Interview with Shabib Ammari, Chairman of Jordan Telecom Group
What is your overall assessment of the Jordan ICT and telecom sector and how does it compare with other countries in the region?
I am not too crazy about changing the ranking of Jordan from a specific percentage to another; I think the ranking process itself is always constrained by important variables. The ranking process is indicative and not necessarily absolutely informative about the quality of a sector in a country. The ICT sector in Jordan is probably the most developed, or amongst the very few developed sectors in the region. We have the highest level of competitiveness in so many markets in the sector and a very good regulatory environment for the sector.
His Majesty King Abdullah constructed a vision that the Jordan economy must be transformed into a knowledge-based economy. The presence of this political leadership made it an incentive to push players to develop. I am very pleased to report that the King personally likes IT and is very involved in the sector. We have achieved about 30% internet penetration rate, and he would like to spread internet even further. We have a target of arriving at 50% penetration by the end of 2011. We have our own special strategy towards the governorates outside the capital city.
There is a concentration in the use of internet in Amman, specifically West Amman. Those living in other governorates need to have more chances to catch up with the capital city. We are in the process of establishing a 3 million JD fund to support spreading the internet culture in the governorates. We are coordinating with the ministry and will be giving unlimited offers to people living in the governorates; it increases our market share in the future and also works to bridge the gap in internet usage between the capital city and the governorates.
It was Jordan Telecom that carried the flag in spreading the internet culture. Prices by ISP’s to customers have dropped since the privatization of Jordan Telecom by a percentage that exceeds 86%. We started by acquiring the market leader among the ISP’s at the time, called Global 1. It was imperative that we become the price-setters in the market and create momentum. We reduced monthly subscriptions from customers from 50JD a month to something like 10JD a month. We are proud that we did lots of campaigns in remote areas to educate people about internet, and due to our policies of lowering prices across the board, Jordanians were able to access the internet, and other companies will follow and be price-takers.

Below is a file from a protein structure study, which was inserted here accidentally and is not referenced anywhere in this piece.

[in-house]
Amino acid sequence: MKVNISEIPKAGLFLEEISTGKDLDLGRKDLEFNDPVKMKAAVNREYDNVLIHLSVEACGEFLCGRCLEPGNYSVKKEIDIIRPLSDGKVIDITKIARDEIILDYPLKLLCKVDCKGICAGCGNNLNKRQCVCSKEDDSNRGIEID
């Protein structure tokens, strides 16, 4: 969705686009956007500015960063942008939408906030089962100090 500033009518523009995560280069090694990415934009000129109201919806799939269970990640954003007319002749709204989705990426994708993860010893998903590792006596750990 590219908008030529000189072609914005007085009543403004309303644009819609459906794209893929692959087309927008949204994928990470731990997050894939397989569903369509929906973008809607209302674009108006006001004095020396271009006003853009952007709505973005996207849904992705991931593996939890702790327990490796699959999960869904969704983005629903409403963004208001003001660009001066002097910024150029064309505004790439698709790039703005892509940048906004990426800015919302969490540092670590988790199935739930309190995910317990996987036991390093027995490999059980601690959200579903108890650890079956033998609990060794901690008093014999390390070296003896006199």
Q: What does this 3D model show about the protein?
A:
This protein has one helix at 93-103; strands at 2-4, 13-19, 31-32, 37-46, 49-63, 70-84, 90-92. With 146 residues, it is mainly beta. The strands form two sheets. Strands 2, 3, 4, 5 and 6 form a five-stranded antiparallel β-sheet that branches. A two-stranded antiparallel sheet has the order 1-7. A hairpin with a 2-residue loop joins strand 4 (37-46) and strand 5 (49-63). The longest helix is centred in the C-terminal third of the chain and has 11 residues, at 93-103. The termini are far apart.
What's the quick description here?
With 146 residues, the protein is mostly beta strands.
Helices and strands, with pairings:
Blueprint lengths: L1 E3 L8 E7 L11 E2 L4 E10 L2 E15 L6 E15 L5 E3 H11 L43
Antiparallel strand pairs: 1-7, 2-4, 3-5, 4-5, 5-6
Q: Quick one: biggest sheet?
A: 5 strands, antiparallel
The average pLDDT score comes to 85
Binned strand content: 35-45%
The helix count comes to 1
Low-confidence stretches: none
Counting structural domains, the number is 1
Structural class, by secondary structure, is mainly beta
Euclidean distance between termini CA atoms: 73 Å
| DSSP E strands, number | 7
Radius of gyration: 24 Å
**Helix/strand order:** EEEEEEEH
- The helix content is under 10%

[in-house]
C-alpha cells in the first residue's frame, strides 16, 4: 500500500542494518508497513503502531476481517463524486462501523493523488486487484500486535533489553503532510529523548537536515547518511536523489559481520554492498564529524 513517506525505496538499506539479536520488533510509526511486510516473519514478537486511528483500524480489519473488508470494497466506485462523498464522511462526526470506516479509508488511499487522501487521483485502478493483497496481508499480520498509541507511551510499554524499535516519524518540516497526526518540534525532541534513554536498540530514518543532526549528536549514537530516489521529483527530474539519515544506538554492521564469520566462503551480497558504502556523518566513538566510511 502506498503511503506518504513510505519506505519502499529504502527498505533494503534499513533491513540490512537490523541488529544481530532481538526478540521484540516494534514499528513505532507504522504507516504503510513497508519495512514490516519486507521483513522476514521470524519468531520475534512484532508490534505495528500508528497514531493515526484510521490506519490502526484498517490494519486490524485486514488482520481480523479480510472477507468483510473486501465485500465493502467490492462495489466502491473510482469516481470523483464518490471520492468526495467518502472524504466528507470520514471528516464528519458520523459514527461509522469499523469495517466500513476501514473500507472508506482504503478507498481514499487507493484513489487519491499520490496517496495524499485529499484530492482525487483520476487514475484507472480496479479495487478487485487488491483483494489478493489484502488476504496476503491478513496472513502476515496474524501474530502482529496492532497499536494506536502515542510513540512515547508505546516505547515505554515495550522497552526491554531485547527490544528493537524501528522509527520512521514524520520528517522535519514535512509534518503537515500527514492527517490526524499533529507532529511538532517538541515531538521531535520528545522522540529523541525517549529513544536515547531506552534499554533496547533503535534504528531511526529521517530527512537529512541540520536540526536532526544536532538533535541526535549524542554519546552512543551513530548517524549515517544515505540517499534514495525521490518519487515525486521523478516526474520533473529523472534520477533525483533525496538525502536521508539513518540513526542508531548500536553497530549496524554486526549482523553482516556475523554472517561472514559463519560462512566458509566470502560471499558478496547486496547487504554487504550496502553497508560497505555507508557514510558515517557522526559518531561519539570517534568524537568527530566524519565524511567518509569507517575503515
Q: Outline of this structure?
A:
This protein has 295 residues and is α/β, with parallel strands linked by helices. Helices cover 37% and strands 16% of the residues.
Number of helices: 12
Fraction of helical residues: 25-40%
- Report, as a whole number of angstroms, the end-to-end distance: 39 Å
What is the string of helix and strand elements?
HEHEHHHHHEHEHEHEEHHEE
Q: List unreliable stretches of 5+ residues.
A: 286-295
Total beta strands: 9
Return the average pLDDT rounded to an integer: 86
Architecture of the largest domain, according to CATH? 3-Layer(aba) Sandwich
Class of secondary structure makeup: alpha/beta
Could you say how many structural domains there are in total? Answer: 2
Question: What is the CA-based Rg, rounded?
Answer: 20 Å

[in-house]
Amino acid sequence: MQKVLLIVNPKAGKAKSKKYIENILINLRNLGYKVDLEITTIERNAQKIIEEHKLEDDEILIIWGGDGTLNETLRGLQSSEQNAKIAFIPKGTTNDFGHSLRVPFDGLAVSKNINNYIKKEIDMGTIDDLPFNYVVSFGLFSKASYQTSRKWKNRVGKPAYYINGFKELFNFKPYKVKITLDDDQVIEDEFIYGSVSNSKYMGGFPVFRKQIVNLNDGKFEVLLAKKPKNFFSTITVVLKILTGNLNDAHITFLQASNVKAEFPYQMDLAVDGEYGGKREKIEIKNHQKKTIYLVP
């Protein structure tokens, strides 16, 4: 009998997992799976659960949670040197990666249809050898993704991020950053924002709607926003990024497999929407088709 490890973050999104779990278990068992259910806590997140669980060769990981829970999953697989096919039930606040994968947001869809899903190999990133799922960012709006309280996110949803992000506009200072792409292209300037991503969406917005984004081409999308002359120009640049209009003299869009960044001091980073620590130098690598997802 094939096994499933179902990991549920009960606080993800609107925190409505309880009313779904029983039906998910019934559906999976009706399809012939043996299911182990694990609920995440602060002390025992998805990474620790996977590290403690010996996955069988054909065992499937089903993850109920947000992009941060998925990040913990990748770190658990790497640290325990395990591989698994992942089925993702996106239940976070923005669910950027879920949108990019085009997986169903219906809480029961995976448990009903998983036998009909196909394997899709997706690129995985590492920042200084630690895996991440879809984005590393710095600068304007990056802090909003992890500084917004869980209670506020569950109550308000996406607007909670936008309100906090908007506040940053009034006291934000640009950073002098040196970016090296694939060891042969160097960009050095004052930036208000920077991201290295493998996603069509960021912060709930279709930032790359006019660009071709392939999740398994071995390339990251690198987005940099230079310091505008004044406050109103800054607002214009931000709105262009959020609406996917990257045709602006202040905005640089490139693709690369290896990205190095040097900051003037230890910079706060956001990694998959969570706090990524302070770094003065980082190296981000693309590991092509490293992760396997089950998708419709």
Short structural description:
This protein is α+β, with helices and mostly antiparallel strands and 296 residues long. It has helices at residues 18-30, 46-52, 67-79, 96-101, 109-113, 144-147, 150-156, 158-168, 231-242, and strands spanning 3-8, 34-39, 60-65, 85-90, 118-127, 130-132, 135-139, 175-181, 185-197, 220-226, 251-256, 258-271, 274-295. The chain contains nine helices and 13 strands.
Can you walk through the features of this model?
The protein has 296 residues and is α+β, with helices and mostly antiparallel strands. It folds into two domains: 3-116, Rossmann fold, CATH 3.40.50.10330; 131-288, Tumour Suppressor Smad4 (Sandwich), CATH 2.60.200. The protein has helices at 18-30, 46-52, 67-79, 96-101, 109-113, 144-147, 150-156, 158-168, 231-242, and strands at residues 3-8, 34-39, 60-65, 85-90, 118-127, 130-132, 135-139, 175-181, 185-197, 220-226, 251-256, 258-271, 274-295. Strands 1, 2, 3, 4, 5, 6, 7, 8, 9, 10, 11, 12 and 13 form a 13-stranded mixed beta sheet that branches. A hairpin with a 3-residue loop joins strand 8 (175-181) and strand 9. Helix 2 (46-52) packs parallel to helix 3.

We are proud that we are the only providers of ADSL in the country and will soon be the only apparent provider of internet services in the governorates – I’m sure others will follow. This is a collective effort of the ICT sector in Jordan, but we will always remain the leader of the sector, and is one of the elements of the vision for the future of our group.
How do you compete vis-à-vis other players?
In the GSM market in particular, Jordan is the most competitive compared to other countries in the region and many in the world. I have to say that sometimes too much competition could hurt. The regulatory body in any country should observe the best interest of the customers, and at the same time, they must not reduce the value of the sector and its contribution to GDP and employment.